3.  Binge-Eating Disorder symptoms like Bulimia, comprise recurrent episodes of eating a more than normal amount of food in a discrete period of time (2 hours) where the effected individuals experience a sense of lack of control over their compulsive eating behavior, characterized by abnormally fast eating even when not hungry physically until uncomfortably full. However, unlike Bulimia, here the person does not engage in any compensatory behaviors but feels disgusted and embarrassed with themselves and typically eats alone or attempts to conceal their symptoms. Binge-Eating Disorder has a slightly higher prevalence in women than in men. It is also more common in people seeking weight-loss treatment.

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4. Pica is commonly known by persistent eating of one or more than one type of non-nutritive or non-food substances over period of time that is not normal w.r.t to developmental level of an individual over 2 years of age, when it is not a part of their cultural or social traditions. The non-food items vary with age and availability and may commonly include paper, soap, chalk, cloth, hair, string, wool, soil, talcum powder, paint, gum metal, pebbles, coal, ash, starch or ice. People with intellectual disability have a higher prevalence of Pica with increasing severity.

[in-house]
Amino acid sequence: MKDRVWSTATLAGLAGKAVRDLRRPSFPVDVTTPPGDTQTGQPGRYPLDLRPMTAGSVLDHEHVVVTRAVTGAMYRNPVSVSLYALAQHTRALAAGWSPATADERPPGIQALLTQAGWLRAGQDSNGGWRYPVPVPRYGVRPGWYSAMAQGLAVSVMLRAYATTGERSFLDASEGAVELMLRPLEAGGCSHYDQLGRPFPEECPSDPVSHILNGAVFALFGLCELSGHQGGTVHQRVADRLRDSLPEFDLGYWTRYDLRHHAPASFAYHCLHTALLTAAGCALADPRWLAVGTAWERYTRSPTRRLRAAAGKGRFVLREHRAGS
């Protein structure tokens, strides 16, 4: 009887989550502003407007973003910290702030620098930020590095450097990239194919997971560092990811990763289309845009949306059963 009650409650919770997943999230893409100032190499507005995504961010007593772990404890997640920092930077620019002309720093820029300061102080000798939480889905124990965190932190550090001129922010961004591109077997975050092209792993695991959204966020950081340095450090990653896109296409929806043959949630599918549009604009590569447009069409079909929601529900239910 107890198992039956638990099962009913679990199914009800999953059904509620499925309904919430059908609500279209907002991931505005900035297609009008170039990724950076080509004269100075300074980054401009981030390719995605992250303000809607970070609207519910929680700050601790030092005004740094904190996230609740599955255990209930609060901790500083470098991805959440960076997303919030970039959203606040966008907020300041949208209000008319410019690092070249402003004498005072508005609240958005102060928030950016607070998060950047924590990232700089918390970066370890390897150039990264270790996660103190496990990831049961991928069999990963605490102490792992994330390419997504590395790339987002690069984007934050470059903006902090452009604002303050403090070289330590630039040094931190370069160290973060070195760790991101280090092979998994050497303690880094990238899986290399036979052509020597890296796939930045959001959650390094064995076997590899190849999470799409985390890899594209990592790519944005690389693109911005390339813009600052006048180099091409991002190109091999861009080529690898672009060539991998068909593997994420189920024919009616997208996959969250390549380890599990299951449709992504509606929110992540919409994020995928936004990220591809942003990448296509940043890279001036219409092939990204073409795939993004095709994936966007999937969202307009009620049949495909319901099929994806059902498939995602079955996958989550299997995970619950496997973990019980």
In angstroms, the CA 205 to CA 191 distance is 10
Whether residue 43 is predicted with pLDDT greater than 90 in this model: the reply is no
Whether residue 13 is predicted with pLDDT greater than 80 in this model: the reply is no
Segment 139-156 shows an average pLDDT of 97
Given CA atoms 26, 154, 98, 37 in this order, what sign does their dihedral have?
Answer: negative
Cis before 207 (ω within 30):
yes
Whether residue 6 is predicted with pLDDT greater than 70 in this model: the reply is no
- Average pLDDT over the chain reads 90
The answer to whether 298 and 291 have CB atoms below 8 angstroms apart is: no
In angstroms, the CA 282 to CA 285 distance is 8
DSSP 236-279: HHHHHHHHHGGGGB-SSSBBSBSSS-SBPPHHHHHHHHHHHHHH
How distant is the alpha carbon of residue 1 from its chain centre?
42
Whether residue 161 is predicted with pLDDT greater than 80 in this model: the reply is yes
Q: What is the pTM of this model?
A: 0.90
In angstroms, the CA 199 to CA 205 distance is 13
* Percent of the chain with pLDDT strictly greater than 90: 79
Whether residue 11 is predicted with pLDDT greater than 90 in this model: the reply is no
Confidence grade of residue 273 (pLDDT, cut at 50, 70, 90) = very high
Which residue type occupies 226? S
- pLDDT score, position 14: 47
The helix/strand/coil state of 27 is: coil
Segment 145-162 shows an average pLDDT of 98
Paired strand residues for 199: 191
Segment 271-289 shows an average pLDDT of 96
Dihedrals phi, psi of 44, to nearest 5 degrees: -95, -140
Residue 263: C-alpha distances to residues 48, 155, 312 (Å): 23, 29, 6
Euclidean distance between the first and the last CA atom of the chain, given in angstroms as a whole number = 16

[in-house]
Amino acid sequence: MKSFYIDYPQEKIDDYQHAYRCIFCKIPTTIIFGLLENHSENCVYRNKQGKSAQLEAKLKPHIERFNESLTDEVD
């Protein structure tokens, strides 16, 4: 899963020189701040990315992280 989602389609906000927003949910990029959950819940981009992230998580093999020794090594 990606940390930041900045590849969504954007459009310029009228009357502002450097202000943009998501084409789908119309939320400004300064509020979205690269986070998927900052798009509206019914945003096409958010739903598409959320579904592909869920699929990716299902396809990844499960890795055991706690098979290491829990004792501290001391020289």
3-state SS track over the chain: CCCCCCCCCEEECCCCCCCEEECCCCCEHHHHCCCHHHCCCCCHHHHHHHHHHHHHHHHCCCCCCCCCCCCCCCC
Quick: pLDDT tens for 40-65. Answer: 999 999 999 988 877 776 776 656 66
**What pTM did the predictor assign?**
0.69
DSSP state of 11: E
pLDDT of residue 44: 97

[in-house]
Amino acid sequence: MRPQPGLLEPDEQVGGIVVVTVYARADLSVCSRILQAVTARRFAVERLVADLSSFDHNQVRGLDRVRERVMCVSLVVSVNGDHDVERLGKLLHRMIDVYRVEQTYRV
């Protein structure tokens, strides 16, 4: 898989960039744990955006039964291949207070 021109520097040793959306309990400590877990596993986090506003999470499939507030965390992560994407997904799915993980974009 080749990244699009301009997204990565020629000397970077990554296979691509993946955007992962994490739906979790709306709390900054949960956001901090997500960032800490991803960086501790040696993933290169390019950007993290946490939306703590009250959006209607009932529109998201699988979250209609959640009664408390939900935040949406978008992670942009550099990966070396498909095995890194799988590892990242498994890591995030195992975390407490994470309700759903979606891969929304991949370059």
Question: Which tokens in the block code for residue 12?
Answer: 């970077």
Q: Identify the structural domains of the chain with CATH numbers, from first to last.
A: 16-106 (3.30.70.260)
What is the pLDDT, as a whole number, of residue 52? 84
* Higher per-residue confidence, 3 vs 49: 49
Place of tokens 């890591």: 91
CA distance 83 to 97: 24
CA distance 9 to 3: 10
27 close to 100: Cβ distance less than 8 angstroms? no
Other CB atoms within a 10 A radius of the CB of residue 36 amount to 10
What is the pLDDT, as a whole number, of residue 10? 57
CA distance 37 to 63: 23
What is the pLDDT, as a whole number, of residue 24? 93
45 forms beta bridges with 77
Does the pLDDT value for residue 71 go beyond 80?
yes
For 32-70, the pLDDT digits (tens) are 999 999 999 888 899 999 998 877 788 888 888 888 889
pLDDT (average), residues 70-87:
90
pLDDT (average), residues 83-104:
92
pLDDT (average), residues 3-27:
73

An appetite for non food substances is the primary concern in Pica

5. Rumination Disorder includes repeated regurgitation, that is re-chewing followed by re-swallowing or ejecting after feeding (in case of a child) or eating (in case of adults) without any apparent nausea, retching or disgust and not caused by problems of another medical or psychiatric nature over a period of time, occurring typically daily. Prevalence of Rumination disorder is higher in individuals with intellectual disability.